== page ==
Protesters demanding the resignation of Thailand's premier Yingluck Shinawatra today claimed a "partial victory" after police allowed them to storm the government headquarters, easing tensions after three days of clashes that claimed at least four lives.
Hundreds of protesters poured into the lawns of the premier's office after police removed barricades, saying that they would no longer use force against activists trying to storm the Government House and police headquarters. The mood in the capital Bangkok appeared considerably calmer after the surprise move ahead of King Bhumibol Adulyadej's 86th birthday on Thursday.
The king is highly revered by all Thais and is seen as the sole uniting figure in the country. The protesters are unlikely to continue their campaign on his birthday, which is traditionally a day of prayer and celebration.
Protest leader Suthep Thaugsuban, however, said the fight to unseat the government was not over. "It's a partial victory but it's not final because the Thaksin regime is still in place. You cannot go back home yet. We have to continue our struggle," Suthep said.
The protesters accuse Yingluck of being a proxy for her elder brother, former Prime Minister Thaksin Shinawatra, who was outed in a 2006 by the military and is currently in self-exile. Army Commander-in-Chief Gen Prayuth Chan-ocha urged protesters to leave the Government House after staging a symbolic protest.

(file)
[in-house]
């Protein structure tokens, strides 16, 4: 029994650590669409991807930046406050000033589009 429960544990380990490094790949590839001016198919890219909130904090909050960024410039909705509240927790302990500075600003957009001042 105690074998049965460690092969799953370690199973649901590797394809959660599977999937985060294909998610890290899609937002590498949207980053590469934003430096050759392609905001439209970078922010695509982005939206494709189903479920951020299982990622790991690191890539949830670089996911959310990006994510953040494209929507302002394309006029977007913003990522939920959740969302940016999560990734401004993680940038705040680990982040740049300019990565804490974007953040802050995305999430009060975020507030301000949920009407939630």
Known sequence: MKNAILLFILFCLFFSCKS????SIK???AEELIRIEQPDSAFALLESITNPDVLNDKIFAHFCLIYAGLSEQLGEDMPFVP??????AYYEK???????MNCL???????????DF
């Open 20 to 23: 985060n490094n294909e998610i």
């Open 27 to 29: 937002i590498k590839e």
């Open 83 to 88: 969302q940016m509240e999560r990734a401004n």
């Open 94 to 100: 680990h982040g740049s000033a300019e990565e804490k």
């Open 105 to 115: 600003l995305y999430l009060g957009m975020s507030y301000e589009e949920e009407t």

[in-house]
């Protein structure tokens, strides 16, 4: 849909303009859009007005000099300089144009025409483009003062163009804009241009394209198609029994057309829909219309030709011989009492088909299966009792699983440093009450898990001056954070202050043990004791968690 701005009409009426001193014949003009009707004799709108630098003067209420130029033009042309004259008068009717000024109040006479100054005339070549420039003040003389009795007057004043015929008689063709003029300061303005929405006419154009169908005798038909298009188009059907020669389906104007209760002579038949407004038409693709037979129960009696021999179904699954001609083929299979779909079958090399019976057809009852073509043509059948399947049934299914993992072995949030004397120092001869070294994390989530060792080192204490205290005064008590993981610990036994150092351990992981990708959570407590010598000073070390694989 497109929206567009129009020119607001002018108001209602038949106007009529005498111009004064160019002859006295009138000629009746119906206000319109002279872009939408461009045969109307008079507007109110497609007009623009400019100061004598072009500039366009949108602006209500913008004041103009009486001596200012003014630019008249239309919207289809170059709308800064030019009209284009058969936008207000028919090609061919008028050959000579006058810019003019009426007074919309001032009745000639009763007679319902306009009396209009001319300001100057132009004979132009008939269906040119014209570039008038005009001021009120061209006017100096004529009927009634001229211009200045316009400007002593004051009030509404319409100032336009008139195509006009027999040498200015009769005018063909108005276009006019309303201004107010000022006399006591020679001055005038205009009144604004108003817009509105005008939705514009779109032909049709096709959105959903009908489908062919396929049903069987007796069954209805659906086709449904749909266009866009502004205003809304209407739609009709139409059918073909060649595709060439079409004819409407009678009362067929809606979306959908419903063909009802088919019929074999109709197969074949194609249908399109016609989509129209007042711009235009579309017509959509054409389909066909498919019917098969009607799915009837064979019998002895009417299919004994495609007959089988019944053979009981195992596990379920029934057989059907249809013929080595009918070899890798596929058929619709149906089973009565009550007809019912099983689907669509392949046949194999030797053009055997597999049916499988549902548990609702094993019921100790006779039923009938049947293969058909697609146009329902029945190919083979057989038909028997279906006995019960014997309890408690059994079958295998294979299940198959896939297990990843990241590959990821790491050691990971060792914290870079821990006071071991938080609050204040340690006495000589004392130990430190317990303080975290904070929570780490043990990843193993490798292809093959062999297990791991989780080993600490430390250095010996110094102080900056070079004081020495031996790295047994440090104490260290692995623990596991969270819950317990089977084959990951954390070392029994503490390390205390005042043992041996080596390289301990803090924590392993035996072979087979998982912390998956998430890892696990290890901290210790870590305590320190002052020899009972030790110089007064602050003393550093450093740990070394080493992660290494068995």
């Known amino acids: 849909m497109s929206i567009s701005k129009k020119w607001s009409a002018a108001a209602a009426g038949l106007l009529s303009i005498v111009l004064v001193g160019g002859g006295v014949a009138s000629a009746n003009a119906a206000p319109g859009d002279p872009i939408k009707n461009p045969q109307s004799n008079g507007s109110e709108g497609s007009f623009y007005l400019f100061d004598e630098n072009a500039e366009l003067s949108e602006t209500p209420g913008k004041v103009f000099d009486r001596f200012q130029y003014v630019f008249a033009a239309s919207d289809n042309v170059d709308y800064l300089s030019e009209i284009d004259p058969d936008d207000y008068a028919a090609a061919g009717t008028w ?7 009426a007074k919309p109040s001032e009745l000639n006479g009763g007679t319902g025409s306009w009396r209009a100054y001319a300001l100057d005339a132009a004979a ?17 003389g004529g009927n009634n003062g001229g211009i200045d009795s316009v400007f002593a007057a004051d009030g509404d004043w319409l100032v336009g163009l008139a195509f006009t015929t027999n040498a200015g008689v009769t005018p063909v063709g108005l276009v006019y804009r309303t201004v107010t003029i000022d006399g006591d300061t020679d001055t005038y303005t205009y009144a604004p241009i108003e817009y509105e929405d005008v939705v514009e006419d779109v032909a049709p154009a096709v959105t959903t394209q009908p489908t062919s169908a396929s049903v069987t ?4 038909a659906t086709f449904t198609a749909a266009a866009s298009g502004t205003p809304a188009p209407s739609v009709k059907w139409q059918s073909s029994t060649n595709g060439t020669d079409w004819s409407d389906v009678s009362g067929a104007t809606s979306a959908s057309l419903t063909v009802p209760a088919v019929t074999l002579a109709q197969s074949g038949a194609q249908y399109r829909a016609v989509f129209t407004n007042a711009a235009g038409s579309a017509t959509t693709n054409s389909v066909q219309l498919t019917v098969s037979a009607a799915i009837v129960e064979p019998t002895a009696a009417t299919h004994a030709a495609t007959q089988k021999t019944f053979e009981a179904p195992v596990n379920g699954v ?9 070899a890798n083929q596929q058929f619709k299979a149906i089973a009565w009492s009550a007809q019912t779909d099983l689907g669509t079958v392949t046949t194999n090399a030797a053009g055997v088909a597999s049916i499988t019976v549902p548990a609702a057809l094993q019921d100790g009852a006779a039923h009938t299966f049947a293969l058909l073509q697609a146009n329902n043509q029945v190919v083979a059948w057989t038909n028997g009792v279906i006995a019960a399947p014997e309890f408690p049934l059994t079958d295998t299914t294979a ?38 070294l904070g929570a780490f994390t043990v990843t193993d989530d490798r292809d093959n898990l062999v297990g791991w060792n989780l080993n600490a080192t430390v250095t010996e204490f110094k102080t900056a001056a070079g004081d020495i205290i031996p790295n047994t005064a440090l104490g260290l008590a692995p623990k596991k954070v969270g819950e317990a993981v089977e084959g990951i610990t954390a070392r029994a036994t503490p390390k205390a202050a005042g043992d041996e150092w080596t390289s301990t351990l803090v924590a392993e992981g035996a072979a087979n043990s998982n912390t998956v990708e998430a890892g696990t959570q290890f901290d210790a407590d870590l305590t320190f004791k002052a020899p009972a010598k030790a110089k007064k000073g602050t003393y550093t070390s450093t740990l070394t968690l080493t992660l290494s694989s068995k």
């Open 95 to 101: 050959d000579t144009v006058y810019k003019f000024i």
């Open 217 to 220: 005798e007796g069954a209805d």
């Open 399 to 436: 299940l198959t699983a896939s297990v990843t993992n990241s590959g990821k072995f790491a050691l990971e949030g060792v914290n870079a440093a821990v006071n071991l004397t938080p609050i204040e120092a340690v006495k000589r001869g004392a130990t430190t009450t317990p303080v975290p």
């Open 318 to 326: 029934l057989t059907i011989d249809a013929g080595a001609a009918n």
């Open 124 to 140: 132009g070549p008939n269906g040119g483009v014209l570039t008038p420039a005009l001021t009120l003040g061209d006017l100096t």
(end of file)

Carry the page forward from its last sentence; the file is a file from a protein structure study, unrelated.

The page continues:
Army spokesman Col Winthai Suwaree said Prayuth was worried about the situation and has urged everybody to respect the rule of law. Prayuth said government buildings are property of the country and protesters should not damage them.
Deputy Police Commissioner Worapong Chiewpreecha said police stopped blocking protesters due to fears of attacks by third-party assailants. Worapong claimed that some live bullets were fired at police during yesterday's clashes.
Yingluck rejected the demand for her resignation yesterday after the opposition gave her two days to step down. She told a nationally televised news conference that she cannot constitutionally implement the opposition demand to hand over power to an unelected "People's Council".
Meanwhile, a Thai court has issued an arrest warrant for protest leader Suthep, a former deputy premier, for "insurrection" over his attempt to topple the government. The protests, which began on November 24, had been largely peaceful until Saturday, when they turned violent.